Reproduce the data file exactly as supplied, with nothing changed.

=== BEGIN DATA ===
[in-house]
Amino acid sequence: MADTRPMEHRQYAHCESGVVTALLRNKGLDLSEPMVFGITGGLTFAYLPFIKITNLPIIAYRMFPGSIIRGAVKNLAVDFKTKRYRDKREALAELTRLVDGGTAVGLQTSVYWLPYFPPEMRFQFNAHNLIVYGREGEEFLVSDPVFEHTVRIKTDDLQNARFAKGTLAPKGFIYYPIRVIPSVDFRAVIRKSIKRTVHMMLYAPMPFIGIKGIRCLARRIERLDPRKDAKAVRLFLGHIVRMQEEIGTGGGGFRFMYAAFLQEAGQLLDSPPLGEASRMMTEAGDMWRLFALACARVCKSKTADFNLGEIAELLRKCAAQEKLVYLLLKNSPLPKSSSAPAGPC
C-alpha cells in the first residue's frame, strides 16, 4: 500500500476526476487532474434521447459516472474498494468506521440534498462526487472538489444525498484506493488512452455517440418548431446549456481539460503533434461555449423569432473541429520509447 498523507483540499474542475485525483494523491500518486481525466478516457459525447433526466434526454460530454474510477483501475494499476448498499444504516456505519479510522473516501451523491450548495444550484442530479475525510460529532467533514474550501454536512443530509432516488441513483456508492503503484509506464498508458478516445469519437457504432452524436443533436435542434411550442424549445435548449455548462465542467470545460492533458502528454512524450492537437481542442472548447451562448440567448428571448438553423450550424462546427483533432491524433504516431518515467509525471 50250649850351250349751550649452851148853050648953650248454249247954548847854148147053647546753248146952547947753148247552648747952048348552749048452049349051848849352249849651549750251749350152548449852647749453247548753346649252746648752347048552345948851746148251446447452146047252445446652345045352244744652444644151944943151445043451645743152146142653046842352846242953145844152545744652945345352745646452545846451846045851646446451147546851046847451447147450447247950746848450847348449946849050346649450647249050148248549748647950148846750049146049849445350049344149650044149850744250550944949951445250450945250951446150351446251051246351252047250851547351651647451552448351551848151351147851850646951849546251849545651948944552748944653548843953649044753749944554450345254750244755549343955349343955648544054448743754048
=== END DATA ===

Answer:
[in-house]
Amino acid sequence: MADTRPMEHRQYAHCESGVVTALLRNKGLDLSEPMVFGITGGLTFAYLPFIKITNLPIIAYRMFPGSIIRGAVKNLAVDFKTKRYRDKREALAELTRLVDGGTAVGLQTSVYWLPYFPPEMRFQFNAHNLIVYGREGEEFLVSDPVFEHTVRIKTDDLQNARFAKGTLAPKGFIYYPIRVIPSVDFRAVIRKSIKRTVHMMLYAPMPFIGIKGIRCLARRIERLDPRKDAKAVRLFLGHIVRMQEEIGTGGGGFRFMYAAFLQEAGQLLDSPPLGEASRMMTEAGDMWRLFALACARVCKSKTADFNLGEIAELLRKCAAQEKLVYLLLKNSPLPKSSSAPAGPC
C-alpha cells in the first residue's frame, strides 16, 4: 500500500476526476487532474434521447459516472474498494468506521440534498462526487472538489444525498484506493488512452455517440418548431446549456481539460503533434461555449423569432473541429520509447 498523507483540499474542475485525483494523491500518486481525466478516457459525447433526466434526454460530454474510477483501475494499476448498499444504516456505519479510522473516501451523491450548495444550484442530479475525510460529532467533514474550501454536512443530509432516488441513483456508492503503484509506464498508458478516445469519437457504432452524436443533436435542434411550442424549445435548449455548462465542467470545460492533458502528454512524450492537437481542442472548447451562448440567448428571448438553423450550424462546427483533432491524433504516431518515467509525471 50250649850351250349751550649452851148853050648953650248454249247954548847854148147053647546753248146952547947753148247552648747952048348552749048452049349051848849352249849651549750251749350152548449852647749453247548753346649252746648752347048552345948851746148251446447452146047252445446652345045352244744652444644151944943151445043451645743152146142653046842352846242953145844152545744652945345352745646452545846451846045851646446451147546851046847451447147450447247950746848450847348449946849050346649450647249050148248549748647950148846750049146049849445350049344149650044149850744250550944949951445250450945250951446150351446251051246351252047250851547351651647451552448351551848151351147851850646951849546251849545651948944552748944653548843953649044753749944554450345254750244755549343955349343955648544054448743754048